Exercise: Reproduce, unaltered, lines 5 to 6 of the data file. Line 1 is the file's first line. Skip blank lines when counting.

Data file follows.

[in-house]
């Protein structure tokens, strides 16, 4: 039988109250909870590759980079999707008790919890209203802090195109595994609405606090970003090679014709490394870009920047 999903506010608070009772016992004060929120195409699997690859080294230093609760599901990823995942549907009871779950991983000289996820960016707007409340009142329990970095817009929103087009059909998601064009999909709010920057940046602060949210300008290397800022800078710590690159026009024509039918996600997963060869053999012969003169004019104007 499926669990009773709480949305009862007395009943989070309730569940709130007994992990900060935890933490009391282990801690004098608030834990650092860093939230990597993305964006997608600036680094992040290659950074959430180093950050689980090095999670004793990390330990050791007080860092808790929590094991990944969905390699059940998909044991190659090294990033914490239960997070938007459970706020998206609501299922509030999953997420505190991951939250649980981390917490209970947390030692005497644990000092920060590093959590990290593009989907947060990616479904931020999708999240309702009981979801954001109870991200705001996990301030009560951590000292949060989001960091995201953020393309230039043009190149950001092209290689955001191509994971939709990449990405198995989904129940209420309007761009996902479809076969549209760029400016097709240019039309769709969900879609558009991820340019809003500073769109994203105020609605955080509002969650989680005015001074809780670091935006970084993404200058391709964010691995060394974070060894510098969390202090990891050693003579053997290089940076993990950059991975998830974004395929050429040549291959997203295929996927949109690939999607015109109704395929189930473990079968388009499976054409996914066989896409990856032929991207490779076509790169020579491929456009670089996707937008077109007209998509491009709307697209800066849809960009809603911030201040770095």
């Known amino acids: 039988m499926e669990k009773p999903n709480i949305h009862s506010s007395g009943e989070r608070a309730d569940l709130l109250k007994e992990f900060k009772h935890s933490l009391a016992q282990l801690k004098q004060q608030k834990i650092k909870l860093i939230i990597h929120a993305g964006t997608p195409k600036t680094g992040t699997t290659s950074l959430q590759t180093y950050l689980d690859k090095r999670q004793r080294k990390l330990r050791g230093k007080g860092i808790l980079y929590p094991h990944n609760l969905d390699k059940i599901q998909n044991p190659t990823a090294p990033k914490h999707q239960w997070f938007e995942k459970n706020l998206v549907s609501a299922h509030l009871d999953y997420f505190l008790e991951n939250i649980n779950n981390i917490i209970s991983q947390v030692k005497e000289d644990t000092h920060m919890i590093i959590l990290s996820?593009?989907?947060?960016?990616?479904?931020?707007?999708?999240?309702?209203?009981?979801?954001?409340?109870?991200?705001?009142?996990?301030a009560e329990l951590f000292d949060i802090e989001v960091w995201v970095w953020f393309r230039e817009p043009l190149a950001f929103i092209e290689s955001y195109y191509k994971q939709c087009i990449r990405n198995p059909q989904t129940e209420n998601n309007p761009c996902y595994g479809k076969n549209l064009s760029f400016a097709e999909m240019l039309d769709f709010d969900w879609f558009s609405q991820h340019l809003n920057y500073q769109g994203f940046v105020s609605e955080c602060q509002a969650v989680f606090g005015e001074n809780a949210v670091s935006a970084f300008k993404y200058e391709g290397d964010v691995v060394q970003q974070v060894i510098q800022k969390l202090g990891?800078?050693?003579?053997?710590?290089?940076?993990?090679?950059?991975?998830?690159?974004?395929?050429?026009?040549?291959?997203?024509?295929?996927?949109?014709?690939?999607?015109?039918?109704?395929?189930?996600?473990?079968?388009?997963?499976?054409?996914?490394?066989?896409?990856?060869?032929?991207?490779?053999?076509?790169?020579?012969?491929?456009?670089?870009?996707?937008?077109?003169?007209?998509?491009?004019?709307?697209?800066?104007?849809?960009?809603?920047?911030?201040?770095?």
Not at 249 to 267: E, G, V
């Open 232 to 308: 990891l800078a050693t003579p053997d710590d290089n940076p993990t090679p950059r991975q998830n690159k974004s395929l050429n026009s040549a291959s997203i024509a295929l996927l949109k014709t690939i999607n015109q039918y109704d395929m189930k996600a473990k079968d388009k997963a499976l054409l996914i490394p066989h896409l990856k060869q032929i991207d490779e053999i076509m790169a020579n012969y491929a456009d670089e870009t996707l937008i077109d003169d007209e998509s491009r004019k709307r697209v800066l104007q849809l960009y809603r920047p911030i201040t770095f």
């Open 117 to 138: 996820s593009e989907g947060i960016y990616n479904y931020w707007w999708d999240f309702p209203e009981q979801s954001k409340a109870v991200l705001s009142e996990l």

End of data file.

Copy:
């Open 232 to 308: 990891l800078a050693t003579p053997d710590d290089n940076p993990t090679p950059r991975q998830n690159k974004s395929l050429n026009s040549a291959s997203i024509a295929l996927l949109k014709t690939i999607n015109q039918y109704d395929m189930k996600a473990k079968d388009k997963a499976l054409l996914i490394p066989h896409l990856k060869q032929i991207d490779e053999i076509m790169a020579n012969y491929a456009d670089e870009t996707l937008i077109d003169d007209e998509s491009r004019k709307r697209v800066l104007q849809l960009y809603r920047p911030i201040t770095f």
């Open 117 to 138: 996820s593009e989907g947060i960016y990616n479904y931020w707007w999708d999240f309702p209203e009981q979801s954001k409340a109870v991200l705001s009142e996990l």